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Wednesday, Apr 18, 2018
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Food truck industry in Tampa evolves

— It’s lunchtime on a Tuesday, so Margaret Loflin is where she usually is, at the prep table in her Maggie on the Move food truck.

One customer wants a heaping My Big Fat Greek Salad. Another needs a crabcake-filled Crabby Gyro. Someone else craves a giant hunk of sticky, crispy Bacon Baklava.

For National Nurse’s Day, Brandon Health Care and Rehabilitation hired Loflin to park there to make lunches for the nurses.

The food truck business is more of a daily operation now than it was four summers ago, when the culinary street-food frenzy hit Tampa after first landing in Los Angeles; New York City; Portland, Ore.; and Austin, Texas.

In December 2011, when Loflin started Maggie on the Move, her business was focused on serving at weekend rallies where thousands of customers would feast on funky foods from dozens of trucks.

The rallies still happen — Tampa Mayor Bob Buckhorn’s monthly food truck fiesta took place again Wednesday at Lykes Gaslight Park — but the business has evolved as mainstream acceptance has grown.

The food truck scene’s dynamics shifted in February, when Loflin and three other trucks formed the nonprofit Gulf to Bay Food Truck Association.

The original group of four — Loflin, Bryan Goodell of Wicked ‘Wiches, Damion and Heather Davis of Hott Mess and Jon and Joi Escobar of Enjoi Sweets — quickly grew to about 50 members.

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For years, the 130 local trucks working from Brooksville to Sarasota relied on two competing promoters, Tampa Bay Food Truck Rally and Generation Food Truck, for steady bookings. The cost for being booked was a percentage of sales at each event.

As crowds grew into the thousands, Tampa Bay Food Truck Rally geared its business toward creating huge events in Tampa, Brandon and Lakeland while battling St. Petersburg’s stringent street-vendor regulations.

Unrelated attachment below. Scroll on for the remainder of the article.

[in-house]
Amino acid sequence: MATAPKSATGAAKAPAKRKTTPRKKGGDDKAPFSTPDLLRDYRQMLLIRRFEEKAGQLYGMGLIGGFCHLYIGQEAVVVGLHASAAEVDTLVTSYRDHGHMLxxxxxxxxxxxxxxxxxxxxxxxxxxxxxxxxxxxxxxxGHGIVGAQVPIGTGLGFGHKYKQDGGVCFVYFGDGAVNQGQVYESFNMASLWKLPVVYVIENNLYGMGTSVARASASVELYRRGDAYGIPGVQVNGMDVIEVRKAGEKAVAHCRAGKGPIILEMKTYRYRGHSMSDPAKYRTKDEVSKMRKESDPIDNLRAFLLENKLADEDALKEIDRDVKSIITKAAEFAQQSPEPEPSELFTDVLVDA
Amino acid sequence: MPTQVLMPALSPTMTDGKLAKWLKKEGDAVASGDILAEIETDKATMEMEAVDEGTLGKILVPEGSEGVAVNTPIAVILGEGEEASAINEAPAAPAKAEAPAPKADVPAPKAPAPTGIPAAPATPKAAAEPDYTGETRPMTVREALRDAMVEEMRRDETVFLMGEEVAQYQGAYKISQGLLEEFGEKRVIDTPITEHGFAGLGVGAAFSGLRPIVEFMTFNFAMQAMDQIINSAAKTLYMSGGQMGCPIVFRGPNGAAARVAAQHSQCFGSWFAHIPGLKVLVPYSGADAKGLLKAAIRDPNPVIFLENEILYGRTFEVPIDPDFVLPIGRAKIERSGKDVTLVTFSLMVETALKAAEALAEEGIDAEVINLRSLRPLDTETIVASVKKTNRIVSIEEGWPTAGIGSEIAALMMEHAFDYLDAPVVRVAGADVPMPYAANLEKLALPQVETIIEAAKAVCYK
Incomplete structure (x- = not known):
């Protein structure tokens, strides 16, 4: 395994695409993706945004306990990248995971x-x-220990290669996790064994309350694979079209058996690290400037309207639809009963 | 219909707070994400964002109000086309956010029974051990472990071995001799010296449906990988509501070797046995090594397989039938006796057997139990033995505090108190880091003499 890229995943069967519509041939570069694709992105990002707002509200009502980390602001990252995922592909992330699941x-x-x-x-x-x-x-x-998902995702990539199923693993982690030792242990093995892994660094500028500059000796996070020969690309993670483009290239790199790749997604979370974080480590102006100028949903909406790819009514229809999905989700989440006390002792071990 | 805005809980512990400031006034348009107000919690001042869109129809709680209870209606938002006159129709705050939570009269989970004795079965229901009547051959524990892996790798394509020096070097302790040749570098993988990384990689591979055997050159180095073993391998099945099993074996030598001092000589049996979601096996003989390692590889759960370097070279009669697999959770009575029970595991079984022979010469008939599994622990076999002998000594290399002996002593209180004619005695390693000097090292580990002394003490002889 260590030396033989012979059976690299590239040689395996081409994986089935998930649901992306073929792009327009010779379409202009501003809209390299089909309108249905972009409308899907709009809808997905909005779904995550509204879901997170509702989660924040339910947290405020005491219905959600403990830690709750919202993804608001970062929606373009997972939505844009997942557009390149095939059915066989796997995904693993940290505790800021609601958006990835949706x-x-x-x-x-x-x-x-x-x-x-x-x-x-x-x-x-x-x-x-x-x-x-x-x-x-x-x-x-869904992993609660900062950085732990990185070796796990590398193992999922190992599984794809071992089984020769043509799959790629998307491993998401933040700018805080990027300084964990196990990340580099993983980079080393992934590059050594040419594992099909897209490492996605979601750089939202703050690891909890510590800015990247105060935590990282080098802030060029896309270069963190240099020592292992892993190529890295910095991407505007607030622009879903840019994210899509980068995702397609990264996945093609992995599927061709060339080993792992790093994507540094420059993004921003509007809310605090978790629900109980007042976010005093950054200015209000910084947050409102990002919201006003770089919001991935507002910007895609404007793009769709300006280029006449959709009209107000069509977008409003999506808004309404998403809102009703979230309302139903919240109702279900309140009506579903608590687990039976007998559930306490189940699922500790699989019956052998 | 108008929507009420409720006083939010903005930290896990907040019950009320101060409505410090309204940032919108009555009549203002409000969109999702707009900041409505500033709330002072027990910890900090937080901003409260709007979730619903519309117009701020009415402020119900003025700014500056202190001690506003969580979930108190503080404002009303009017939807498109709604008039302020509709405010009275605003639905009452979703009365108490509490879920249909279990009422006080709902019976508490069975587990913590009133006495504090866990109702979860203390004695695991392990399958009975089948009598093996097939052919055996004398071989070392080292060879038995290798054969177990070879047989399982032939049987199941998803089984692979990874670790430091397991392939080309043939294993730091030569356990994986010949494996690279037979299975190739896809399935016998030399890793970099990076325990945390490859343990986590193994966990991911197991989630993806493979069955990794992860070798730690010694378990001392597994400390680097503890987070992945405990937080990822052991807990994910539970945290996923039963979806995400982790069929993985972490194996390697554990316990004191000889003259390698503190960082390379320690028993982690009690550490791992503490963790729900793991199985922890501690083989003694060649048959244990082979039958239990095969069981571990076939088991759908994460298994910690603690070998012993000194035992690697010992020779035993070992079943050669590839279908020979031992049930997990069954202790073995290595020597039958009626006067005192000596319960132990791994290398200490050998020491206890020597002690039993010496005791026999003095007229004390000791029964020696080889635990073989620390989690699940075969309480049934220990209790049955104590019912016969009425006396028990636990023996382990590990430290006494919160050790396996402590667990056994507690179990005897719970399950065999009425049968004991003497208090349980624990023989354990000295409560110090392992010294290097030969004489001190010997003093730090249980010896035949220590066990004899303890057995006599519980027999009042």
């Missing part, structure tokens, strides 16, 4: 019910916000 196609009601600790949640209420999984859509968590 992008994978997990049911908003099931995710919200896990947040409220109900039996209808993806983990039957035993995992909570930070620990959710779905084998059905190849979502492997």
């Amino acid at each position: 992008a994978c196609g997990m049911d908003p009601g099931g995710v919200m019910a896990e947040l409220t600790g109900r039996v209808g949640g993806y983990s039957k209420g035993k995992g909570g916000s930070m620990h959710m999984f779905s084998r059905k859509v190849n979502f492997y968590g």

At about the same time, Tampa Bay Markets, which manages several local farmers’ markets, organized the Flicks & Food Trucks event in Tampa’s Channel District on the third Thursday of each month. Rallies began cropping up in Pinellas, too, on St. Pete Beach and beyond St. Petersburg city limits.

The scene got a boost in 2012, when Wicked ‘Wiches and Taco Bus were featured on the Cooking Channel street-food show “Eat Street.”

Entertainment spots such as Busch Gardens and the MidFlorida Amphitheatre began hiring trucks to serve during Howl-O-Scream and concerts.

Goodell is perhaps the most successful local owner. He operates two Wicked ‘Wiches trucks, a Slow & Low Barbeque truck, an Urban Taqueria vehicle, the Five Buck Truck on MacDill Air Force Base, and Soda Kart, which features handcrafted sodas.

Generation Food Truck (generationfoodtruck.com), formed two years ago by Jeremy Gomez, became a rival to Tampa Bay Food Truck Rally.

Gomez organized two World’s Largest Food Truck Rally events at the Florida State Fairgrounds in addition to supplying trucks to local events.

Pinned between the two promoters, the Gulf to Bay association formed to give truck owners a voice and to relieve tensions, Loflin said.

As the number of food trucks grew over the years, some accused promoters of playing favorites and booking only a small percentage of trucks.

“There was such a separation of food trucks,” she said. “Some owners wouldn’t even talk to each other because they were taking sides between Generation Food Truck and Tampa Bay Food Trucks.”